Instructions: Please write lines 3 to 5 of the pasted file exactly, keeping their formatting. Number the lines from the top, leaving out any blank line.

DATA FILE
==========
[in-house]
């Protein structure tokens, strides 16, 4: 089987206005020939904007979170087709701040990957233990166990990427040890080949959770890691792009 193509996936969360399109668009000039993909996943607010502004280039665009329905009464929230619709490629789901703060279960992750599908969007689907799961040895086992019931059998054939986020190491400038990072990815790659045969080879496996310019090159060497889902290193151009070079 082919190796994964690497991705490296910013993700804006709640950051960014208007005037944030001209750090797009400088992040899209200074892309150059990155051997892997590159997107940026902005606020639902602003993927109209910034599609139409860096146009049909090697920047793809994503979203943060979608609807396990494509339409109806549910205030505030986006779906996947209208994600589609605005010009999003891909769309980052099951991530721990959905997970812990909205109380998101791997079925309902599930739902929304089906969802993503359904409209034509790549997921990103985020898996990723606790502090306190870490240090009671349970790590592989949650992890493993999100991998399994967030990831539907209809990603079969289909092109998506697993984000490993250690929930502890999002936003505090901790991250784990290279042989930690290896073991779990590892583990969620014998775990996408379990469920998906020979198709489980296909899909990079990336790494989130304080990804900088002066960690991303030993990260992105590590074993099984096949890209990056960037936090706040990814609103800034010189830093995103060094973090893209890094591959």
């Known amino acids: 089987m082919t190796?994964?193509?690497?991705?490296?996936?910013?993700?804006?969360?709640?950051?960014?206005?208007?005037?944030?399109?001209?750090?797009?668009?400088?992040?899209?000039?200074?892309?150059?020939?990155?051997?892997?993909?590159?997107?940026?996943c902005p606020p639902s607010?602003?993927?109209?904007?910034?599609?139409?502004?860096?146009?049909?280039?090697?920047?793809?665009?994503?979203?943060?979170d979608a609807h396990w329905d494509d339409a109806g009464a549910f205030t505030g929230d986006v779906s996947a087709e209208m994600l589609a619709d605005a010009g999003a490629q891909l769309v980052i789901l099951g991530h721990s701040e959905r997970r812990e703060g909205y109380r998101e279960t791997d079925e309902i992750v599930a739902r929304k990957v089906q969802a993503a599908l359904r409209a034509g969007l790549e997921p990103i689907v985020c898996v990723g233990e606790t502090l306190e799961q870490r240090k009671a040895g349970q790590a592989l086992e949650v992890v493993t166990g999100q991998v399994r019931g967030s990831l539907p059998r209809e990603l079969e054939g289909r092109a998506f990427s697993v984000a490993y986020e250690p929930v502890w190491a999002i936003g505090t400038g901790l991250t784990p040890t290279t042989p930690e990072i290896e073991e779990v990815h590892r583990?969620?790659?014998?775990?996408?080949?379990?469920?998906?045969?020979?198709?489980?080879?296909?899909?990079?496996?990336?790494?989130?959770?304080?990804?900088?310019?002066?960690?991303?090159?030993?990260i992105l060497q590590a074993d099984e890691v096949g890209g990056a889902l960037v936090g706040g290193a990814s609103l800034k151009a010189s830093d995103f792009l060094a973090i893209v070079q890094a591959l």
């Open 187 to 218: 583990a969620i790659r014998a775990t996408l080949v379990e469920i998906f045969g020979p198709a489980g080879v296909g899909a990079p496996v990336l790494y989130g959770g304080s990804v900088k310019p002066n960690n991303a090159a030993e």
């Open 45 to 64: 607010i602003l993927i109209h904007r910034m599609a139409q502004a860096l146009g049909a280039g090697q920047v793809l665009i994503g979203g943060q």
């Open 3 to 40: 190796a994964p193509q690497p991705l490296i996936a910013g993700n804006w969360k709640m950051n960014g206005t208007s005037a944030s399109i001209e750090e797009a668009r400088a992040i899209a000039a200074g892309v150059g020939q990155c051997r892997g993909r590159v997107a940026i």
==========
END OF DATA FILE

């Known amino acids: 089987m082919t190796?994964?193509?690497?991705?490296?996936?910013?993700?804006?969360?709640?950051?960014?206005?208007?005037?944030?399109?001209?750090?797009?668009?400088?992040?899209?000039?200074?892309?150059?020939?990155?051997?892997?993909?590159?997107?940026?996943c902005p606020p639902s607010?602003?993927?109209?904007?910034?599609?139409?502004?860096?146009?049909?280039?090697?920047?793809?665009?994503?979203?943060?979170d979608a609807h396990w329905d494509d339409a109806g009464a549910f205030t505030g929230d986006v779906s996947a087709e209208m994600l589609a619709d605005a010009g999003a490629q891909l769309v980052i789901l099951g991530h721990s701040e959905r997970r812990e703060g909205y109380r998101e279960t791997d079925e309902i992750v599930a739902r929304k990957v089906q969802a993503a599908l359904r409209a034509g969007l790549e997921p990103i689907v985020c898996v990723g233990e606790t502090l306190e799961q870490r240090k009671a040895g349970q790590a592989l086992e949650v992890v493993t166990g999100q991998v399994r019931g967030s990831l539907p059998r209809e990603l079969e054939g289909r092109a998506f990427s697993v984000a490993y986020e250690p929930v502890w190491a999002i936003g505090t400038g901790l991250t784990p040890t290279t042989p930690e990072i290896e073991e779990v990815h590892r583990?969620?790659?014998?775990?996408?080949?379990?469920?998906?045969?020979?198709?489980?080879?296909?899909?990079?496996?990336?790494?989130?959770?304080?990804?900088?310019?002066?960690?991303?090159?030993?990260i992105l060497q590590a074993d099984e890691v096949g890209g990056a889902l960037v936090g706040g290193a990814s609103l800034k151009a010189s830093d995103f792009l060094a973090i893209v070079q890094a591959l």
């Open 187 to 218: 583990a969620i790659r014998a775990t996408l080949v379990e469920i998906f045969g020979p198709a489980g080879v296909g899909a990079p496996v990336l790494y989130g959770g304080s990804v900088k310019p002066n960690n991303a090159a030993e």
């Open 45 to 64: 607010i602003l993927i109209h904007r910034m599609a139409q502004a860096l146009g049909a280039g090697q920047v793809l665009i994503g979203g943060q």